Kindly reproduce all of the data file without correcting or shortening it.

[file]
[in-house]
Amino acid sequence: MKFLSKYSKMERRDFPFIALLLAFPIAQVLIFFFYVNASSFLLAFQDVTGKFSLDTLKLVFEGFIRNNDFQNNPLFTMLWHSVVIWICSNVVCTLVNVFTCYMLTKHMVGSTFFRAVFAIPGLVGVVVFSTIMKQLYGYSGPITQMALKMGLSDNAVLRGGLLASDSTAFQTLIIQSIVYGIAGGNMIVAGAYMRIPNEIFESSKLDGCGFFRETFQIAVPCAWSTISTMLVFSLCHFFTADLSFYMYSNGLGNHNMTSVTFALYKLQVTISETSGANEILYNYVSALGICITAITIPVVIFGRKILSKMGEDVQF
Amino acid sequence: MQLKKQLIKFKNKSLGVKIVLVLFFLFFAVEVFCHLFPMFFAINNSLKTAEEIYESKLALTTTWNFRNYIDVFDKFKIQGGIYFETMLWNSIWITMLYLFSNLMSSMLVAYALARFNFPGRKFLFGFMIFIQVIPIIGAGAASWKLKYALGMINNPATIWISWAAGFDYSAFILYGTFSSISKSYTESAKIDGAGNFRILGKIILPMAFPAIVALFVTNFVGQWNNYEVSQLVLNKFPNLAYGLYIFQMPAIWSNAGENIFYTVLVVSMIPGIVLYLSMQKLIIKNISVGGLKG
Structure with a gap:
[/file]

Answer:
[in-house]
Amino acid sequence: MKFLSKYSKMERRDFPFIALLLAFPIAQVLIFFFYVNASSFLLAFQDVTGKFSLDTLKLVFEGFIRNNDFQNNPLFTMLWHSVVIWICSNVVCTLVNVFTCYMLTKHMVGSTFFRAVFAIPGLVGVVVFSTIMKQLYGYSGPITQMALKMGLSDNAVLRGGLLASDSTAFQTLIIQSIVYGIAGGNMIVAGAYMRIPNEIFESSKLDGCGFFRETFQIAVPCAWSTISTMLVFSLCHFFTADLSFYMYSNGLGNHNMTSVTFALYKLQVTISETSGANEILYNYVSALGICITAITIPVVIFGRKILSKMGEDVQF
Amino acid sequence: MQLKKQLIKFKNKSLGVKIVLVLFFLFFAVEVFCHLFPMFFAINNSLKTAEEIYESKLALTTTWNFRNYIDVFDKFKIQGGIYFETMLWNSIWITMLYLFSNLMSSMLVAYALARFNFPGRKFLFGFMIFIQVIPIIGAGAASWKLKYALGMINNPATIWISWAAGFDYSAFILYGTFSSISKSYTESAKIDGAGNFRILGKIILPMAFPAIVALFVTNFVGQWNNYEVSQLVLNKFPNLAYGLYIFQMPAIWSNAGENIFYTVLVVSMIPGIVLYLSMQKLIIKNISVGGLKG
Structure with a gap: